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List Data Type


A semi-colon delimited list of string values. In terms of stored data sets and lists are the same: a string containing one or more semi-colon delimited items. The difference is in the way Tinderbox handles the two data types, as lists may contain duplicate items. Although sets pre-date lists in Tinderbox, lists should be thought of as the underlying form and sets as a refined (de-duplicated) form of list.

Lists, unlike Sets, allow duplicate values. To de-dupe a List, use the .unique dot-operator:


An older alternate method, which may be found in old demos is simply put its contents into a Set-type attribute:


If $MySet and $MyList both have the value "cats;dogs": the following have different outcomes:

$MySet=$MySet + "dogs" gives "cats;dogs"

$MyList=$MyList + "dogs" gives "cats;dogs;dogs"

The Set attribute does not add the duplicate value but the List does; list data values are stored in the order added. Be careful using this method to add a list value as if run in a rule, the terms will be re-added as a new value each time the rule runs!

Also beware an assumed pre-assignment concatenation:

$MyList=$MyList + "gun" + " " + "dogs" gives "cats;gun;dogs" not "cats;gun dogs"

Instead try:

$MyList=$MyList +( "gun" + " " + "dogs") gives "cats;gun dogs"

If setting a list's literal values via action code note the string must the quoted:


Adding and deleting values

With a list you can add/remove individual or multiple values and test its contents. In actions, + adds an item to a set if it is not already present, and removes it if it is present. Values must be enclosed in double quotes. If $PetTypes' value is "cats;dogs", then:

$PetTypes=$PetTypes+"rabbits" adds the new value

$PetTypes=$PetTypes+"rabbits" unlike a Set, this adds a second instance of "dogs" to the end of the list.

$PetTypes=$PetTypes-"dogs" leaves only "cats" as a value.

Testing (querying) sets & Lists

To test a set or list, use the .contains() operator, syntax AttributeName.contains("tested_value"), returns true if any set/list discrete value exactly matches the the designated tested_value; if case sensitivity is irrelevant for the query use .icontains(). If a user attribute $PetTypes has a value of "dogs;cats" then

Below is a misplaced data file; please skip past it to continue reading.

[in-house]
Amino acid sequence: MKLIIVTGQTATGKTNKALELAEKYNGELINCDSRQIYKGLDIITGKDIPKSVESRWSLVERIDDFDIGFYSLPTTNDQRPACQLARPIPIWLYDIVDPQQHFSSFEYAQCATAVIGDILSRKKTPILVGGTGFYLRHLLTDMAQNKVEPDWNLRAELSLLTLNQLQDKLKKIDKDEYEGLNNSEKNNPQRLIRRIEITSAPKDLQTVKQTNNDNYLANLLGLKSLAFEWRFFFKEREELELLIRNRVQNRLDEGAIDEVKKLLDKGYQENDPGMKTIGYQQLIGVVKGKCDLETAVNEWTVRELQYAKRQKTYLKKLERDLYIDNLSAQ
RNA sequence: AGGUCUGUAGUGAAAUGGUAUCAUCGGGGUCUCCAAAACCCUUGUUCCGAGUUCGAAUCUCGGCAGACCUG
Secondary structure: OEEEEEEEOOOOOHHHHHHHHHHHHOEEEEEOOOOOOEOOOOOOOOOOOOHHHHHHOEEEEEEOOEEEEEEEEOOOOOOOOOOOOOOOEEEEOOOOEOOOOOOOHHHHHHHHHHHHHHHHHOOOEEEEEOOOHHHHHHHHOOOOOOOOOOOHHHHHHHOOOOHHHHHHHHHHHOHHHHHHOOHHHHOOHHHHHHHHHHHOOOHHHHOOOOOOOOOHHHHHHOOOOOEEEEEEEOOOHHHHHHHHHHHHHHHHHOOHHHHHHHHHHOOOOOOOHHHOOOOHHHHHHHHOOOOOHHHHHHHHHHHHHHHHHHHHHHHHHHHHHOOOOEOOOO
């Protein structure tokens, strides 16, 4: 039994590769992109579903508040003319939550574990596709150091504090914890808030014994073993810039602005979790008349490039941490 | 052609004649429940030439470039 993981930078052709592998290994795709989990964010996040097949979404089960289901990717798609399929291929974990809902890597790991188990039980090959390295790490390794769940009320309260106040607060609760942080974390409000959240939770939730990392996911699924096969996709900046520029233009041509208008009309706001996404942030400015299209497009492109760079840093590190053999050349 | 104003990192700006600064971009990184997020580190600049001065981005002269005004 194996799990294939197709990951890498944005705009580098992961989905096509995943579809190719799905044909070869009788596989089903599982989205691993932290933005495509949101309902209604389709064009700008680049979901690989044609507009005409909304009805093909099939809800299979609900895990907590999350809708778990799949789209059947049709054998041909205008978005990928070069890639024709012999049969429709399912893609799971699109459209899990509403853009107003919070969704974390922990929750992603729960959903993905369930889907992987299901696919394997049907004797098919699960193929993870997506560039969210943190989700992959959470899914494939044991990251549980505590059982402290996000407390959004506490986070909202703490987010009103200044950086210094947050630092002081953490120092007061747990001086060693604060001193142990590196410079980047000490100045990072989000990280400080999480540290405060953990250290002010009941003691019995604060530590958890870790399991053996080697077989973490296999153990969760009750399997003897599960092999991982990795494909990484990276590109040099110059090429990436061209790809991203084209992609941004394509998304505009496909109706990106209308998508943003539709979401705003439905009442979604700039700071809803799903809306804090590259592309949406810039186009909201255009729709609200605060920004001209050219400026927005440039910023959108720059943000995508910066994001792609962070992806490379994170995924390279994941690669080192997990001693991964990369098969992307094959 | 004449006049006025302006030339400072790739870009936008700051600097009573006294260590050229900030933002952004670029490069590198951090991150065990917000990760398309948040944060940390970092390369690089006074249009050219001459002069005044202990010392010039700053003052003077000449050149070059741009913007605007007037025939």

$PetTypes.contains("dogs") is true,


$PetTypes.contains("dog") is false

This is because set/list matching does not allow partial (regex) matches unlike with String-type data.

Other variants:

$PetTypes.contains("Dogs").lowercase is true

$PetTypes.icontains("DOGS") is true

It can be useful to use a stored value as the search pattern, for instance using the name of an agent as the search term:

$PetTypes.contains($MyString) is true

Escaping literal semi-colons

If a list item must contain a semi-colon, it must be escaped, using a backslash, '\;'. Once the backslash is entered, it disappears and the list item containing the semi-colon is enclosed in double-quotes. Do not try to escape a value by adding the quotes directly, use the backslash method. Action code methods to make lists will treat a '\;' in an input string as an escape and act accordingly. Consider using String.replace() as a method for escaping backslashes (though only where intended!).

Listing and Exporting sets

The format() action operator offers ways to turn sets into HTML lists for export. See Exporting Set-type data for more.

System Attributes: Sets vs. Lists

Most group-scope operators can work with lists or sets, as well as the find() operator (whose own output is a list) and literal list-based group designators; exceptions include $KeyAttributes where duplicates would not be helpful. It is the declared data type of the attribute being collected that informs the operator to return a list or set.

Listing of List-type system attributes.